The footprint of the planned new Nets arena in Brooklyn looks like a construction site. Developer and Nets owner Bruce Ratner closed on tax-free financing and other approvals for the project last week, and now fencing with flashy renderings of the project runs along Flatbush Avenue; traffic has been redirected to make way for equipment. The massive $4.9 billion Atlantic Yards project, or at least the $900 million centerpiece basketball arena, is looking like a reality.
But a glance at a lengthy set of public documents linked with the $511 million in tax-free bonds that go toward the arena show that there is still more of the hill for Mr. Ratner to climb. If the developer doesn’t raise $324.8 million within a year for the arena, he could be forced to refund the bondholders’ money, returning the financing that makes the project possible, according to the documents.
From the documents, which refer to the development firm led by Mr. Ratner as ArenaCo:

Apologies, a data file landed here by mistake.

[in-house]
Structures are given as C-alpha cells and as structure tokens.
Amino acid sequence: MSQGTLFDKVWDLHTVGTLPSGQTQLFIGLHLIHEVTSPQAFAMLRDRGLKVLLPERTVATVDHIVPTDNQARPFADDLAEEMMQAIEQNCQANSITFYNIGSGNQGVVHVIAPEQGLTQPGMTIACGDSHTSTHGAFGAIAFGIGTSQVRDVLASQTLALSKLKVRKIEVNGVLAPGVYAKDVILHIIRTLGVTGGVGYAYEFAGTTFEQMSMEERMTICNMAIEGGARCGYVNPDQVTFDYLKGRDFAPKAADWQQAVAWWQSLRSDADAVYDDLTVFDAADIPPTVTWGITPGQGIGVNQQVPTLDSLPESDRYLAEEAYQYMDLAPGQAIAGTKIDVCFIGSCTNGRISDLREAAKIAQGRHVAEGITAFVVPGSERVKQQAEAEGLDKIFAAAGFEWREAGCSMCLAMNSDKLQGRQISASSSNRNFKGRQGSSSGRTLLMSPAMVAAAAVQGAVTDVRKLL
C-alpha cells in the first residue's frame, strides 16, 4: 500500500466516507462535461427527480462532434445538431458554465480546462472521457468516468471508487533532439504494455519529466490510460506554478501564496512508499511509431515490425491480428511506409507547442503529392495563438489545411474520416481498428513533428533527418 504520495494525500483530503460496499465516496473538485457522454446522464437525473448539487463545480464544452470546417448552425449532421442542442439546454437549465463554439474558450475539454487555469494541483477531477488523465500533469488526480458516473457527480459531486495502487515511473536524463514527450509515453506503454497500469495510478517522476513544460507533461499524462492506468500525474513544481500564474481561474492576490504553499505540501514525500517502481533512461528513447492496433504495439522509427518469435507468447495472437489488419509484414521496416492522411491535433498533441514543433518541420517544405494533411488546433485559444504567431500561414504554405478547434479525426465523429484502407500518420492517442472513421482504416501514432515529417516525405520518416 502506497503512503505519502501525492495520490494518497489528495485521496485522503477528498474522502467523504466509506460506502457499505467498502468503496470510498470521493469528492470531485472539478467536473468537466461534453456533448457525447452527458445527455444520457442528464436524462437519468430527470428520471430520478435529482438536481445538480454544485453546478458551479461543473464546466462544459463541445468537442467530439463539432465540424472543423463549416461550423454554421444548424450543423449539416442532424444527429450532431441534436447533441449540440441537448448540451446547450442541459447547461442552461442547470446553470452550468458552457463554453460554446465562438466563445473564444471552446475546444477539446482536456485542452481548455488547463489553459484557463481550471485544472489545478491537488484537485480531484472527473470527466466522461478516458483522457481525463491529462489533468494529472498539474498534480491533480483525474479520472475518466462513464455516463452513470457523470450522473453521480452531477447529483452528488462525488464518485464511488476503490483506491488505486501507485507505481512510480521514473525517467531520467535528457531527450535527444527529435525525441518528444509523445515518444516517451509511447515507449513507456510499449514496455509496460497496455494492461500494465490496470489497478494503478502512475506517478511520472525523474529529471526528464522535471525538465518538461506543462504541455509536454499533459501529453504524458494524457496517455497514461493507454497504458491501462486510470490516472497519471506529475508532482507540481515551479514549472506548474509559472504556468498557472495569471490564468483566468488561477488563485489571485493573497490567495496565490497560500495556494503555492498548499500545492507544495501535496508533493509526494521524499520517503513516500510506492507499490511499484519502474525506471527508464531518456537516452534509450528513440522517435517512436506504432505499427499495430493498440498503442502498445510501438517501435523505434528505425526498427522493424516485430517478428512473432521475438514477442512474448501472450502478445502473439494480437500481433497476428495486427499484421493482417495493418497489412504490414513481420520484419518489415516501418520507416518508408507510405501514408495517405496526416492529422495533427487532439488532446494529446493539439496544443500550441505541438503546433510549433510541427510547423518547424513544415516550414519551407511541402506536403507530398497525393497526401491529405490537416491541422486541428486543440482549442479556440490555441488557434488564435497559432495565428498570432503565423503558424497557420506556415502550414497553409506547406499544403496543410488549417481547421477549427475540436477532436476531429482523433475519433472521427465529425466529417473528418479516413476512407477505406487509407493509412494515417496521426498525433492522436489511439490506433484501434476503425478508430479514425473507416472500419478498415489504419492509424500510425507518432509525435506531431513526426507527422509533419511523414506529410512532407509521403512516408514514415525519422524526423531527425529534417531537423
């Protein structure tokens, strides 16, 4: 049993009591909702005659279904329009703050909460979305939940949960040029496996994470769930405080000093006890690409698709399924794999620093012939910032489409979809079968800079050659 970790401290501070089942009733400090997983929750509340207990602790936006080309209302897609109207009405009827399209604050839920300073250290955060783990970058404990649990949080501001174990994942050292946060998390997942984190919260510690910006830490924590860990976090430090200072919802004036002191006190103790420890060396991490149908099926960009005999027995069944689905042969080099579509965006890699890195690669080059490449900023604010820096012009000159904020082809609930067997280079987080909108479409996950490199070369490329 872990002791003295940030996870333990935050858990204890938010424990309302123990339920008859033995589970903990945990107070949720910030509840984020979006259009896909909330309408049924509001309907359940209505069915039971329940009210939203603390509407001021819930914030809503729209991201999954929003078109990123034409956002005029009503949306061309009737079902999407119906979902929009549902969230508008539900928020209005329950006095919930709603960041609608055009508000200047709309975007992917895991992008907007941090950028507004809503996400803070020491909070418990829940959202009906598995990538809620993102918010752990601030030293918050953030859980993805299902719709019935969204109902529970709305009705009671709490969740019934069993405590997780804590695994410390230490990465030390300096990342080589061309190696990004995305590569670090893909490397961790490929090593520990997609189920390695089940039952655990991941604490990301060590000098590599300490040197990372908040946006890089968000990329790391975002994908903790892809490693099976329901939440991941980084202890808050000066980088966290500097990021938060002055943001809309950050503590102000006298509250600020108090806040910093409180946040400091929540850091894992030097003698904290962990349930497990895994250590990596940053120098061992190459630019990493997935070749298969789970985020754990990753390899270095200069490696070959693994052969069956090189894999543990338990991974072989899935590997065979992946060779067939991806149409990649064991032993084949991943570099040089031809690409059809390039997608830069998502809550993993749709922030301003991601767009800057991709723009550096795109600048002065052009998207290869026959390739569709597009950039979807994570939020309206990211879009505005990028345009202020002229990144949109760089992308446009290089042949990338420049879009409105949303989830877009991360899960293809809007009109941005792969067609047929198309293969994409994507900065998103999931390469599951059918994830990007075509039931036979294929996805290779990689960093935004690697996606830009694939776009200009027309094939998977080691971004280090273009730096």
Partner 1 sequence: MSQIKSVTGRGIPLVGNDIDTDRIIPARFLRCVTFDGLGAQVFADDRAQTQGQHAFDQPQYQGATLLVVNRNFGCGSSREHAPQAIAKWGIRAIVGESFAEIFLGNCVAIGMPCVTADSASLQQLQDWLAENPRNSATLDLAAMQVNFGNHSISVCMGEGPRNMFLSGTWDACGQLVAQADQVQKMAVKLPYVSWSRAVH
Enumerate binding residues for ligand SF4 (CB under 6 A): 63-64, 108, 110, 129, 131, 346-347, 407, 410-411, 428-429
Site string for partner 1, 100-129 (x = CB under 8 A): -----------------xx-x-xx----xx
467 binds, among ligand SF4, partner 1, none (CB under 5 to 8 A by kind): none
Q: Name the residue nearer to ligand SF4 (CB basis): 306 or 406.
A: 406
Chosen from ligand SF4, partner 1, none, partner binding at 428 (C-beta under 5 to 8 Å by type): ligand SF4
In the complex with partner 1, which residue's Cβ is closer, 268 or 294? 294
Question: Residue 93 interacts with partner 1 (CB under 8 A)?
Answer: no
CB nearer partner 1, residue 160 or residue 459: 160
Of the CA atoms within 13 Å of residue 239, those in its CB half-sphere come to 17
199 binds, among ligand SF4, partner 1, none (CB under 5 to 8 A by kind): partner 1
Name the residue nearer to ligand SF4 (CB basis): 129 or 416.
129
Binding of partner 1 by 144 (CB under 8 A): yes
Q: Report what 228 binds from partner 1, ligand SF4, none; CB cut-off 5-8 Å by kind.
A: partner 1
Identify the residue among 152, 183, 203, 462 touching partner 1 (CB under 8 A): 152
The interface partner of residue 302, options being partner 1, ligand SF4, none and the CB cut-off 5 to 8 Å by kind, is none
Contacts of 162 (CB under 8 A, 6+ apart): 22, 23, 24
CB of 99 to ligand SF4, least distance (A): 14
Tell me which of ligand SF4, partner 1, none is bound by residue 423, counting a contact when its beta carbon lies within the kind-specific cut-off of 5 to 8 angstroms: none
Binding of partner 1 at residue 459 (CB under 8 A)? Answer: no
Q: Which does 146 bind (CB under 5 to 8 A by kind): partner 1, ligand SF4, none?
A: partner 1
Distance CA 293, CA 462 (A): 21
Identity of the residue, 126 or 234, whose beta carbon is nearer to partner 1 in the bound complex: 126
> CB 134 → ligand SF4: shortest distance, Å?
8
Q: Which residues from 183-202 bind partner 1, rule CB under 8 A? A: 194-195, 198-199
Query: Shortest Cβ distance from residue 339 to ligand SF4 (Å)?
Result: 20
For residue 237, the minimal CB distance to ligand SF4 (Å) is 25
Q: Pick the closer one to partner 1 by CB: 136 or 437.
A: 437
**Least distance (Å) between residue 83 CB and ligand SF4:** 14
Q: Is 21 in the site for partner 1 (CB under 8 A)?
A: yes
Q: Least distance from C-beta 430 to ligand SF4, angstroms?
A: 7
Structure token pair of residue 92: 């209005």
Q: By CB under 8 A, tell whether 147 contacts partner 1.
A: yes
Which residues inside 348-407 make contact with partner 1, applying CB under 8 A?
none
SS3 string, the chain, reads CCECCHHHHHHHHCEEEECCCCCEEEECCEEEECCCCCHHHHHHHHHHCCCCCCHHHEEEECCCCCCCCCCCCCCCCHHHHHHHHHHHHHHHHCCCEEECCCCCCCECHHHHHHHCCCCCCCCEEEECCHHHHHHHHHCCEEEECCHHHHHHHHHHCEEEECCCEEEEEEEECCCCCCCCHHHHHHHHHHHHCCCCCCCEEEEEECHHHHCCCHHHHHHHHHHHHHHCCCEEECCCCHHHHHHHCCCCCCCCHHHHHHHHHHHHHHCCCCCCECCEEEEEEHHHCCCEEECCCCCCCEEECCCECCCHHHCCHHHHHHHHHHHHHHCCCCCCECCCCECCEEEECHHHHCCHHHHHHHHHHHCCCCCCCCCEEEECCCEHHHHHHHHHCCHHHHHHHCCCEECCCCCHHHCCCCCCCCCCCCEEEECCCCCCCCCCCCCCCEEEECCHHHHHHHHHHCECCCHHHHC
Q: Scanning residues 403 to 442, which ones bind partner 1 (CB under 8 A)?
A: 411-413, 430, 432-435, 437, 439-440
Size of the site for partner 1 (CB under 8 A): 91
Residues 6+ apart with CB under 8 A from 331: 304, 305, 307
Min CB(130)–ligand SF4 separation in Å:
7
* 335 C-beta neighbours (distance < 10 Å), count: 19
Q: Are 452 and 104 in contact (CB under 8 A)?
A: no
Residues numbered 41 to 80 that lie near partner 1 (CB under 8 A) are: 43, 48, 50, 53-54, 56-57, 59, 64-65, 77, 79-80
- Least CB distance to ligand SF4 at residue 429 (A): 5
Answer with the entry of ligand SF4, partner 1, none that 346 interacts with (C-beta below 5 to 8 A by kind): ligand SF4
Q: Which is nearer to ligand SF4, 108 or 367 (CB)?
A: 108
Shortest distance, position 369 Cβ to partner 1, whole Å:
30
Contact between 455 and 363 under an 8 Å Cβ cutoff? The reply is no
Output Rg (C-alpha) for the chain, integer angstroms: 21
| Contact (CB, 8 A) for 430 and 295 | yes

As one of the Vacant Possession Release Conditions, ArenaCo will be obligated to deposit approximately $324.8 million (the ‘Additional Rent Amount’) into the Series 2009 Additional Rent Account … At the time of the issuance of the Series 2009 PILOT Bonds, ArenaCo will not have funds sufficient to pay the Additional Rent Amount, but ArenaCo expects to raise sufficient funds
If the money isn’t deposited by Dec. 17, 2010, the documents say, this would trigger a refund of the bonds, or “extraordinary mandatory redemption,” in bond speak.
Some of this money will come from Mikhail Prokhorov, the tentative new buyer of the Nets, who has agreed to pay $200 million for 80 percent of the team and 45 percent of the arena-to-be. He has also, according to bond documents, agreed to fund at least $60 million in losses by the team until the arena is complete, though this amount is unlikely to be sufficient given that the Nets have been posting more than $70 million a year in pre-tax losses lately.
Presumably, this isn’t viewed as a giant concern for Mr. Ratner and his firm, Forest City Ratner. An executive from Forest City Enterprises, the parent company developer for the project, said in a recent conference call that the developer expected to put in another $200 million or so in equity (though it’s not as if developers generally have $200 million just lying around).
Here’s the page-turner of a bond document (some of the relevant info is on page 69 of the PDF):